• chill storage (C)

  • R = Rw/s + Ru + Rc

  • I = I Growth at 12ºC


H o r w s r u r c i fso

Ho – [Rw/s + Ru + Rc] + I ≤ FSO

Possible Inputs to Achieve FSO


Scenario 1 log cfu g

Scenario 1:log cfu/g

Ho = -1

Rw/s = 0

Ru = 0

Rc = 0

I = 1


Scenario 2 log cfu g

Scenario 2:log cfu/g

Ho = -1

Rw/s = 1.86

Ru = 0

Rc = 0

I = 0


Scenario 3 log cfu g

Scenario 3:log cfu/g

Ho = -1

Rw/s = 1.86

Ru = 0.57

Rc = 0

I = 0


Scenario 4 log cfu g

Scenario 4:log cfu/g

Ho = -2.52

Rw/s = 1.86

Ru = 0.57

Rc = 0

I = 0


Scenario 5 log cfu g

Scenario 5:log cfu/g

Ho = -2.52

Rw/s = 1.86

Ru = 0.57

Rc = 1

I = 0


Scenario 6 log cfu g

Scenario 6:log cfu/g

Ho = -4.09

Rw/s = 1.86

Ru = 0.57

Rc = 0

I = 0


Scenario 7 log cfu g

Scenario 7:log cfu/g

Ho = -4.09

Rw/s = 1.86

Ru = 0.57

Rc = 1

I = 0


Interventions original contaminated batch

Interventions: Original ContaminatedBatch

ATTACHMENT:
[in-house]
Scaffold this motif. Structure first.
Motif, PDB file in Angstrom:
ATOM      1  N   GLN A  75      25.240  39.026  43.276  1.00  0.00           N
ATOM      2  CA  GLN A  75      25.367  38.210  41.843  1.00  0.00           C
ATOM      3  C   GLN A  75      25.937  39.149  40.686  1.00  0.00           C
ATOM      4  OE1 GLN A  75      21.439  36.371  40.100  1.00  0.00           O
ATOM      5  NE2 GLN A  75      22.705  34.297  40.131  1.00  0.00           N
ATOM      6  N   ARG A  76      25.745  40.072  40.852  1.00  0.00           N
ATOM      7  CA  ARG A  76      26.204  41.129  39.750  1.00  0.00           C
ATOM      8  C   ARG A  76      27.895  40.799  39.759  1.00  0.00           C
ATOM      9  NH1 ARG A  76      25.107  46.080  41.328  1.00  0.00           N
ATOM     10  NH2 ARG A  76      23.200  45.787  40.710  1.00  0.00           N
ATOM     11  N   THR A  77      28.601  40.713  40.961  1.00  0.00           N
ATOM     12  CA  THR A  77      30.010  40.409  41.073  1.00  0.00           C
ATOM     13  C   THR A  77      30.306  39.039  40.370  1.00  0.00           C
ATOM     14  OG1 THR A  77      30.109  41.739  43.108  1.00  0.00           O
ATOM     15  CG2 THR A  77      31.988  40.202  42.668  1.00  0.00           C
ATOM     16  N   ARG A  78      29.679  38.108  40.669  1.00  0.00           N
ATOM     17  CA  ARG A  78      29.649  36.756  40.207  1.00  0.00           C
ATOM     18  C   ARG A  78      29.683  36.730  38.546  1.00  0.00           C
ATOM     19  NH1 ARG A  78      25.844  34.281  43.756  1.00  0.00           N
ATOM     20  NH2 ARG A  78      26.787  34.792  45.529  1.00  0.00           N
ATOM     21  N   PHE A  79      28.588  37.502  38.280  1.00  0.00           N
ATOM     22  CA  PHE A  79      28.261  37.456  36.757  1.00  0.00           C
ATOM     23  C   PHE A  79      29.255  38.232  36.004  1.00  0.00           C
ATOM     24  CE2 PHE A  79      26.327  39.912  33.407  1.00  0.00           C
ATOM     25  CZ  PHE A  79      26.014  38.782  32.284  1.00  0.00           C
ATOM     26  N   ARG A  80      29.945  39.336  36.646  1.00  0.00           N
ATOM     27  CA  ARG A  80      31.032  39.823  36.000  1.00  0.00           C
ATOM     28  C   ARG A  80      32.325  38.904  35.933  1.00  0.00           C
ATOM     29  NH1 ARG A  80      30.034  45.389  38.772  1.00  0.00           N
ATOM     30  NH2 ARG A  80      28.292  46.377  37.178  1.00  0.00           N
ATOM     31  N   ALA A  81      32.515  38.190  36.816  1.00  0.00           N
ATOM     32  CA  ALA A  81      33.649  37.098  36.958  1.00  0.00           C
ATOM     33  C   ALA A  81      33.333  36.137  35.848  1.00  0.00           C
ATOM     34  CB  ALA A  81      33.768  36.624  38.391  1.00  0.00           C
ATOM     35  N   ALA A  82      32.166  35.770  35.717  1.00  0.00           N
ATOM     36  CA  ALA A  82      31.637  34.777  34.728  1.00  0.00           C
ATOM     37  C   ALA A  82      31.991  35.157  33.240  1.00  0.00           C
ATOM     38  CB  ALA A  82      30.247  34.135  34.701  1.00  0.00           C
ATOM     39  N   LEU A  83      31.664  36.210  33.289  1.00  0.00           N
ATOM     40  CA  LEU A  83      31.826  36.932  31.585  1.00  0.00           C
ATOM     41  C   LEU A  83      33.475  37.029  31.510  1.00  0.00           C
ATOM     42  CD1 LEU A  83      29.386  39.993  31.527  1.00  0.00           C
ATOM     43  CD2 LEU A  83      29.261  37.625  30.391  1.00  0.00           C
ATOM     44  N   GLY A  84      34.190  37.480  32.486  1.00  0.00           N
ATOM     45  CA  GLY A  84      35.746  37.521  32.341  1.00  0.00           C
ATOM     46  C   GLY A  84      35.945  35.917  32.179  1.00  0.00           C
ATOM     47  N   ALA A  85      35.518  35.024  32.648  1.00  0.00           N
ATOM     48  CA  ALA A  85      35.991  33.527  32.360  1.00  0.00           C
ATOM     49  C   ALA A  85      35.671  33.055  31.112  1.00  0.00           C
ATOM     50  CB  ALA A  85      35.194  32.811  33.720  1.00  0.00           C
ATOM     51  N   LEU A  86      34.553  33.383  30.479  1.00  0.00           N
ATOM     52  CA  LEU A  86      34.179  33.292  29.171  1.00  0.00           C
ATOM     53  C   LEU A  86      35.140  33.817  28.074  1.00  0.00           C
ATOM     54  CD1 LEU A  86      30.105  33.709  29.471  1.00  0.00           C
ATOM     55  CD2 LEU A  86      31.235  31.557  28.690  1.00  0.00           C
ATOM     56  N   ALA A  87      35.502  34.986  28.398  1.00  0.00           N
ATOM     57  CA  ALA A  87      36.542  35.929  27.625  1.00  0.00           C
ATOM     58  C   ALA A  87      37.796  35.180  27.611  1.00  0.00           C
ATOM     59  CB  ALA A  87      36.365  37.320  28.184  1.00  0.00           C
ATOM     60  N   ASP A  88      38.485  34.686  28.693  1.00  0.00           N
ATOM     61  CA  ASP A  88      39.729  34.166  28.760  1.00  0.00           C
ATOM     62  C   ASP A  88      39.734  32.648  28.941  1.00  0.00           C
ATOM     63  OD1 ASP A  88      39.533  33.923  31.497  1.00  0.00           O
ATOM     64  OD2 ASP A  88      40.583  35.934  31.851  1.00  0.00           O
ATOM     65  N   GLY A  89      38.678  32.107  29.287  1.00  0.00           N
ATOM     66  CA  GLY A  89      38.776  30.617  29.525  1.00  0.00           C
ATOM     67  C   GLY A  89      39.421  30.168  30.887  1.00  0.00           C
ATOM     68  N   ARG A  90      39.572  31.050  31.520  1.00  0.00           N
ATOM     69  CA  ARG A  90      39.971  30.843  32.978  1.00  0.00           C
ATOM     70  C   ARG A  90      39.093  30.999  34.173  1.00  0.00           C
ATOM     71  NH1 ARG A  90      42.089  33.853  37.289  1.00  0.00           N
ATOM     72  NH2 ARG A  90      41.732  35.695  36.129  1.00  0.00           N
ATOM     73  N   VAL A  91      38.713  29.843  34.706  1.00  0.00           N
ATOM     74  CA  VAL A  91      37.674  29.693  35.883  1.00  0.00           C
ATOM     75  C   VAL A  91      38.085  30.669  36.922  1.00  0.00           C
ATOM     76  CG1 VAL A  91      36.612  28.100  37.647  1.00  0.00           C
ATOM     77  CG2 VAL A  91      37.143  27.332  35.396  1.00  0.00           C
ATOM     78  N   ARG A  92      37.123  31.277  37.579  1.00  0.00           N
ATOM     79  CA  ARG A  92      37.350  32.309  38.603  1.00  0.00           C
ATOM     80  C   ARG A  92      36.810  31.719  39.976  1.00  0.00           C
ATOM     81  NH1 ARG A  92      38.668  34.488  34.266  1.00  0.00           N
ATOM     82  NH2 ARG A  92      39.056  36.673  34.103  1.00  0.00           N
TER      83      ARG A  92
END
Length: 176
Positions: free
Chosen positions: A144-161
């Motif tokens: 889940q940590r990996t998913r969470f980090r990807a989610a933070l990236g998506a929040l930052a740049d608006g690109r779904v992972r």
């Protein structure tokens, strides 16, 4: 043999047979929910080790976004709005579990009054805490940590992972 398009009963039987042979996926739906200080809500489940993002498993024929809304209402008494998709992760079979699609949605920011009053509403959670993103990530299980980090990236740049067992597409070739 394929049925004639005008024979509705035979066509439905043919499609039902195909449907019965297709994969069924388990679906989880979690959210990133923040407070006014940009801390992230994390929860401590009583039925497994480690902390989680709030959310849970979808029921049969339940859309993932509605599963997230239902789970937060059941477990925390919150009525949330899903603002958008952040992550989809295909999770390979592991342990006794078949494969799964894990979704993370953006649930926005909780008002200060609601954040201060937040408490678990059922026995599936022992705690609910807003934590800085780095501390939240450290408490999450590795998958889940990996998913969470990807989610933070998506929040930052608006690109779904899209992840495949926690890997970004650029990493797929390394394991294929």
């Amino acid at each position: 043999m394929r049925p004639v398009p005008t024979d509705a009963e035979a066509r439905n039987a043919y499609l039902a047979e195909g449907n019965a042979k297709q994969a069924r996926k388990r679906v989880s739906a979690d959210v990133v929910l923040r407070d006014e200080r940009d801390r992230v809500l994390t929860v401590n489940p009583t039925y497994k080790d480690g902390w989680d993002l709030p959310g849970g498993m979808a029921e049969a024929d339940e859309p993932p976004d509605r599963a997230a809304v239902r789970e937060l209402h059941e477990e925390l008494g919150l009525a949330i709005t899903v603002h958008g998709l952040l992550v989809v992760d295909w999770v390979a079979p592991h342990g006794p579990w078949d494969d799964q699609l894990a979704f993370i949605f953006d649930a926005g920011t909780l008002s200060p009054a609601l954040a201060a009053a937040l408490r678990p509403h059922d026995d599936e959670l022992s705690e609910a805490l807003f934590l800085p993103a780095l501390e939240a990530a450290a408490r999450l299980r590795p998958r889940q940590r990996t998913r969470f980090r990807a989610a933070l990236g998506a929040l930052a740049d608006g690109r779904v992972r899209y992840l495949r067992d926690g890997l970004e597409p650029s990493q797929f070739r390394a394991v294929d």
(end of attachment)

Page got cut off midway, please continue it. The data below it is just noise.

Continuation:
FSO = -4 log cfu/g

Frequency (%)

E. coli O157:H7 (Log cfu/g)


Interventions effect cross contaminated batch

InterventionsEffect: Cross-contaminatedBatch

FSO = -4 log cfu/g

0 log (1 cfu/g)

Frequency (%)

E. coli O157:H7 (Log cfu/g)


Fsos and pos van schothorst et al 2009

FSOs and POs (van Schothorst et al., 2009)

  • ALOP: “expression of the level of protection in relation to food safety that is currently achieved

    • It is not an expression of a future or desirable level of protection

  • FSO: the maximum permissible level of a microbiological hazard in a food at the moment of consumption

    • Maximum hazard levels at other points along the food chain are called Performance Objectives (POs)

  • PO: the maximum frequency and / or concentration of a hazard in a food at a specified step in the food chain before consumption that provides or contributes to an FSO or ALOP, as applicable


Fsos and pos van schothorst et al 20091

FSOs and POs (van Schothorst et al., 2009)